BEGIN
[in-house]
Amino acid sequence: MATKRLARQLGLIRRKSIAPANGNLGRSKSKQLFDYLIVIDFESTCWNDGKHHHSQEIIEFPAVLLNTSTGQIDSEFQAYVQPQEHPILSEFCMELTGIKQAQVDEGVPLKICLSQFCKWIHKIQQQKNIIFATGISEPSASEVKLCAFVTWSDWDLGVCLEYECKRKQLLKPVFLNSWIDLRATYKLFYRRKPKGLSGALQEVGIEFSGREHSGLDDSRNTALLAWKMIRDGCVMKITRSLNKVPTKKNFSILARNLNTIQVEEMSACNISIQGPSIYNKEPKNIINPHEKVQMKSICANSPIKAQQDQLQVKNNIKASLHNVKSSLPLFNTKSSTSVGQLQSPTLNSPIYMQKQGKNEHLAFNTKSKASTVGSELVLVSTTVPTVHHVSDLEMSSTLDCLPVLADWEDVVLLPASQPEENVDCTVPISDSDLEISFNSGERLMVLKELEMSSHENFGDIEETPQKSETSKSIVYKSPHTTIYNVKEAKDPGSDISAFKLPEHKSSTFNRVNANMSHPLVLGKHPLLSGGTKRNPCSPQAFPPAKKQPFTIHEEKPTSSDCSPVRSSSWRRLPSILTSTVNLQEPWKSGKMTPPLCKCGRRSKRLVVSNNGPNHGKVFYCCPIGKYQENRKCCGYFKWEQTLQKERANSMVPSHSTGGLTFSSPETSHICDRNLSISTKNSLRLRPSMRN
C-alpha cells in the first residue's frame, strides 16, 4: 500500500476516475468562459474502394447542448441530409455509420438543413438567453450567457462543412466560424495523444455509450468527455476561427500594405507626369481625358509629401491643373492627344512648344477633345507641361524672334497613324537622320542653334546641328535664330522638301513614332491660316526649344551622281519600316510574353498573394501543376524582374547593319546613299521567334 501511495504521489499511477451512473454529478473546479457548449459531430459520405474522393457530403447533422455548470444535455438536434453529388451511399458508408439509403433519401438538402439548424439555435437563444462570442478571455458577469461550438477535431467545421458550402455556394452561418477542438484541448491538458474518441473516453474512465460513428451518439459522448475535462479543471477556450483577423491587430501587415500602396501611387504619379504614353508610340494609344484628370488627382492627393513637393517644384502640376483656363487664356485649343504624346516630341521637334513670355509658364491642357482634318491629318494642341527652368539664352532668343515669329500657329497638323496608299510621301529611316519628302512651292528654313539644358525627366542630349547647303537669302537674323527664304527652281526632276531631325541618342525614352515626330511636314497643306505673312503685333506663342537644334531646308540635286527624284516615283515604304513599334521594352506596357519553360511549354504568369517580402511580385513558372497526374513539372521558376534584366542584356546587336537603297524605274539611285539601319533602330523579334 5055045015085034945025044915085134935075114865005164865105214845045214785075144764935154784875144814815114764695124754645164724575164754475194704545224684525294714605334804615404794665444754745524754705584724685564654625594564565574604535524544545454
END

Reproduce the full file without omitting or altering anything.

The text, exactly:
[in-house]
Amino acid sequence: MATKRLARQLGLIRRKSIAPANGNLGRSKSKQLFDYLIVIDFESTCWNDGKHHHSQEIIEFPAVLLNTSTGQIDSEFQAYVQPQEHPILSEFCMELTGIKQAQVDEGVPLKICLSQFCKWIHKIQQQKNIIFATGISEPSASEVKLCAFVTWSDWDLGVCLEYECKRKQLLKPVFLNSWIDLRATYKLFYRRKPKGLSGALQEVGIEFSGREHSGLDDSRNTALLAWKMIRDGCVMKITRSLNKVPTKKNFSILARNLNTIQVEEMSACNISIQGPSIYNKEPKNIINPHEKVQMKSICANSPIKAQQDQLQVKNNIKASLHNVKSSLPLFNTKSSTSVGQLQSPTLNSPIYMQKQGKNEHLAFNTKSKASTVGSELVLVSTTVPTVHHVSDLEMSSTLDCLPVLADWEDVVLLPASQPEENVDCTVPISDSDLEISFNSGERLMVLKELEMSSHENFGDIEETPQKSETSKSIVYKSPHTTIYNVKEAKDPGSDISAFKLPEHKSSTFNRVNANMSHPLVLGKHPLLSGGTKRNPCSPQAFPPAKKQPFTIHEEKPTSSDCSPVRSSSWRRLPSILTSTVNLQEPWKSGKMTPPLCKCGRRSKRLVVSNNGPNHGKVFYCCPIGKYQENRKCCGYFKWEQTLQKERANSMVPSHSTGGLTFSSPETSHICDRNLSISTKNSLRLRPSMRN
C-alpha cells in the first residue's frame, strides 16, 4: 500500500476516475468562459474502394447542448441530409455509420438543413438567453450567457462543412466560424495523444455509450468527455476561427500594405507626369481625358509629401491643373492627344512648344477633345507641361524672334497613324537622320542653334546641328535664330522638301513614332491660316526649344551622281519600316510574353498573394501543376524582374547593319546613299521567334 501511495504521489499511477451512473454529478473546479457548449459531430459520405474522393457530403447533422455548470444535455438536434453529388451511399458508408439509403433519401438538402439548424439555435437563444462570442478571455458577469461550438477535431467545421458550402455556394452561418477542438484541448491538458474518441473516453474512465460513428451518439459522448475535462479543471477556450483577423491587430501587415500602396501611387504619379504614353508610340494609344484628370488627382492627393513637393517644384502640376483656363487664356485649343504624346516630341521637334513670355509658364491642357482634318491629318494642341527652368539664352532668343515669329500657329497638323496608299510621301529611316519628302512651292528654313539644358525627366542630349547647303537669302537674323527664304527652281526632276531631325541618342525614352515626330511636314497643306505673312503685333506663342537644334531646308540635286527624284516615283515604304513599334521594352506596357519553360511549354504568369517580402511580385513558372497526374513539372521558376534584366542584356546587336537603297524605274539611285539601319533602330523579334 5055045015085034945025044915085134935075114865005164865105214845045214785075144764935154784875144814815114764695124754645164724575164754475194704545224684525294714605334804615404794665444754745524754705584724685564654625594564565574604535524544545454